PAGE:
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    Games of Skill Merchants: Payments Best Practices

    payments best practices for games of skill merchants

    Companies that fall under the MCC category of “digital games” include the merchants that sell and distribute digital games or game-related products. More specifically in this category, however, is the niche category of “games of skill”, or games that involve skilled game wagering like daily fantasy sports. These games of skill can include real money wagering, but do not fall under the category of gambling because of the “skill” or “strategy” involved in playing and winning.

    Because of this, merchants that offer wagered skill-based eSports or fantasy sports are classified into MCC 5816 and are considered higher-risk merchants in payment processing.

    What is the Difference Between Gambling and Games of Skill?

    While gambling is heavily-regulated, and illegal in some locales, games of skill do not come under the same regulatory scrutiny. The difference between the two can be subtle, but is summed up in three characteristics:

    • Chance-based: if something is entirely chance based (e.g. a slot machine), it is gambling; if it is entirely skill-based (e.g.) chase, it is not. The scale between the two can be tricky to evaluate: poker, while relying on betting skill, is considered gambling because of the random distribution of cards; fantasy sports, by contrast, is not considered gambling as it relies on the player to use their knowledge of the sport to forecast outcomes.
    • Requires consideration: or, put another way, the player must place something of theirs at risk - basically, the bet the player makes. 
    • Has a prize: this is the flip-side to the consideration - in return for the player putting in their consideration, when successful they receive a prize.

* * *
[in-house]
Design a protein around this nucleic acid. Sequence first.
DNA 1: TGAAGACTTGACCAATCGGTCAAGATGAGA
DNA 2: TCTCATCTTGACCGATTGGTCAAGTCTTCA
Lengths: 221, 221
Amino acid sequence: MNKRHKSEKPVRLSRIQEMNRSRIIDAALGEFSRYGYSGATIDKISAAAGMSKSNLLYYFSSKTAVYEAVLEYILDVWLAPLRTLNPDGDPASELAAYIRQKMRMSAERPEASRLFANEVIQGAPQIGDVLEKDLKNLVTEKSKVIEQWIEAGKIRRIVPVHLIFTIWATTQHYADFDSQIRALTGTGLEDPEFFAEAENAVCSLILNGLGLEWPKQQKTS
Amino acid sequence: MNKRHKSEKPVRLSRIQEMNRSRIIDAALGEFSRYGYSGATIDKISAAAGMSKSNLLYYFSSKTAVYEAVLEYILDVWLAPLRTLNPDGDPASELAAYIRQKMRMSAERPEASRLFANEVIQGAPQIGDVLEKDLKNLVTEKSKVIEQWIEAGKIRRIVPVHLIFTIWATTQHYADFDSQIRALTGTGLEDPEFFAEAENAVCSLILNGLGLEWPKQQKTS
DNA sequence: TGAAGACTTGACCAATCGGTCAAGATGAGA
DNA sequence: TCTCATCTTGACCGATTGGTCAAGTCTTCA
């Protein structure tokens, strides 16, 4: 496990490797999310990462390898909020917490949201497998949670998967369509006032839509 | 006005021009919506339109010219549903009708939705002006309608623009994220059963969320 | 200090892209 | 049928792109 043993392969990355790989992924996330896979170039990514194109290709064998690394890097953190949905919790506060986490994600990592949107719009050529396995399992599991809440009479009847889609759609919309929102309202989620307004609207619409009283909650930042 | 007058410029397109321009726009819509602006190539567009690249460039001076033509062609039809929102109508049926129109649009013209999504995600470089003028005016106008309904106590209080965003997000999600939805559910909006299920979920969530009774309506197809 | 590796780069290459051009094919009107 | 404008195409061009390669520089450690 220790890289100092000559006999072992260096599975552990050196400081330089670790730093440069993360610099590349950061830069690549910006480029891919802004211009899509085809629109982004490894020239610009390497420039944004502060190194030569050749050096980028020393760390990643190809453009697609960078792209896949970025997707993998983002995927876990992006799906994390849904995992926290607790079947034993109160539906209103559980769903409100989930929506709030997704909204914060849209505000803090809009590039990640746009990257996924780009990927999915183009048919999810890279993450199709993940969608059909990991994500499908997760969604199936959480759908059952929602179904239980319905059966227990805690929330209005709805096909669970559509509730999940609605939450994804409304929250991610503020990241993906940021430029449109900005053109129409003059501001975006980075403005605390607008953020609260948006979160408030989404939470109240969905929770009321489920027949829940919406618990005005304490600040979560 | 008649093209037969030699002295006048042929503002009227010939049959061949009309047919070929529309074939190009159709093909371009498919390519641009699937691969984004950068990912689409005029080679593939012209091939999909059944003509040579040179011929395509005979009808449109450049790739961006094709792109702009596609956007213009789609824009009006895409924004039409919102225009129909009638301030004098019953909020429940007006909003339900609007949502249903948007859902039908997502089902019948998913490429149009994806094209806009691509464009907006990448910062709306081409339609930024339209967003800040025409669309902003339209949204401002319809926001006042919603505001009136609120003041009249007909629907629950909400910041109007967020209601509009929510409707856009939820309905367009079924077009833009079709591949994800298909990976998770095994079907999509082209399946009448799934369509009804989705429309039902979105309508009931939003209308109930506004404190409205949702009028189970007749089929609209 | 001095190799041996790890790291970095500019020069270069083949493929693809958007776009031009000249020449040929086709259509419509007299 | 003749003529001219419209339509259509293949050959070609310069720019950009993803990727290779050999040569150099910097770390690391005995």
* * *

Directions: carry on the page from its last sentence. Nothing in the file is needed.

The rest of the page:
Most skills-games merchants necessarily include some kind of consideration and prize: this is the essence of their game. And with a market widely expected to exceed $30B in the next couple of years, there will be plenty of activity in this sector.

    Great care must be taken to minimize the amount of chance involved in skills-based games, in order to avoid re-classification as gaming, and finding one’s business either heavily regulated and/or pushed out of geographies where gambling is not permitted.

    What are the Payment Risks for “Games of Skill” Merchants?

    According to the Visa Integrity Risk Program (VIRP), games of skill (card-absent) fall under MCC 5816, which is a tier 2 industry. The VIRP guide states that “Tier 2” high integrity risk merchants operate businesses where there is a higher risk of illegal activity occurring without the proper controls and that activity could cause financial or economic harm to individuals.

    Therefore, merchants in this industry are categorized as “High-Brand Risk Merchants” or “high-risk merchants”. 

    Business and Sales Model Risks

    Merchants in the “games of skill” category may experience more prevalent business risks, which often makes PSPs apprehensive to do business with them. 

    A breakdown of the risk factors into which issues may arise include:

    Issue Details
    Increased Chargebacks Because these involve automatic charges to customers’ CNP cards, they can lead to unintentional or unauthorized charges. Additionally, losing players may regret their choices and attempt to recoup losses through chargebacks.
    Customer Disputes If customers feel misled or do not receive expected value, they may dispute the charge. If they were not informed about any automatic charges, they may dispute them, using the threat of chargebacks as leverage.
    Fraud Potential Malicious actors may sign up for services using stolen credit card information or attempt to abuse the games.
    Gambling Regulations While games of skill aren’t classified as gambling, they may have similar regulations to merchants in the gambling space.
    Player Addiction Games of this nature increase the risk of addiction, which could be considered exploitation for profit; while this is not a stated reason for increased processing risk, it is an ethical brand risk.

    Best Practices of Successful “Games of Skill” Merchants